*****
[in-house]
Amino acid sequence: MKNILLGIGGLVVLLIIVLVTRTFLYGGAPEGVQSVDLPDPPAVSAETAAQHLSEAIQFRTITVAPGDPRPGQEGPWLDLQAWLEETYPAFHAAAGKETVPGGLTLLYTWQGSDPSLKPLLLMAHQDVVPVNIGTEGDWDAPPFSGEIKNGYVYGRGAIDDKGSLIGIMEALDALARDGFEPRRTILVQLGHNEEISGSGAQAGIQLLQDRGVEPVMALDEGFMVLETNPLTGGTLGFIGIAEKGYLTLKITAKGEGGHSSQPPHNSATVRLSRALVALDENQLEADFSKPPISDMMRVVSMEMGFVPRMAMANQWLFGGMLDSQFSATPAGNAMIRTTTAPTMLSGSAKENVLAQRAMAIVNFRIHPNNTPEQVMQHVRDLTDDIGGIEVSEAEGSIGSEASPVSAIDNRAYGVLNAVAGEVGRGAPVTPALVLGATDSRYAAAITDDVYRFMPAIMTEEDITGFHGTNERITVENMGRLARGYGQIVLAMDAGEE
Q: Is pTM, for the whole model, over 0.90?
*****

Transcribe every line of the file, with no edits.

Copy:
[in-house]
Amino acid sequence: MKNILLGIGGLVVLLIIVLVTRTFLYGGAPEGVQSVDLPDPPAVSAETAAQHLSEAIQFRTITVAPGDPRPGQEGPWLDLQAWLEETYPAFHAAAGKETVPGGLTLLYTWQGSDPSLKPLLLMAHQDVVPVNIGTEGDWDAPPFSGEIKNGYVYGRGAIDDKGSLIGIMEALDALARDGFEPRRTILVQLGHNEEISGSGAQAGIQLLQDRGVEPVMALDEGFMVLETNPLTGGTLGFIGIAEKGYLTLKITAKGEGGHSSQPPHNSATVRLSRALVALDENQLEADFSKPPISDMMRVVSMEMGFVPRMAMANQWLFGGMLDSQFSATPAGNAMIRTTTAPTMLSGSAKENVLAQRAMAIVNFRIHPNNTPEQVMQHVRDLTDDIGGIEVSEAEGSIGSEASPVSAIDNRAYGVLNAVAGEVGRGAPVTPALVLGATDSRYAAAITDDVYRFMPAIMTEEDITGFHGTNERITVENMGRLARGYGQIVLAMDAGEE
Q: Is pTM, for the whole model, over 0.90?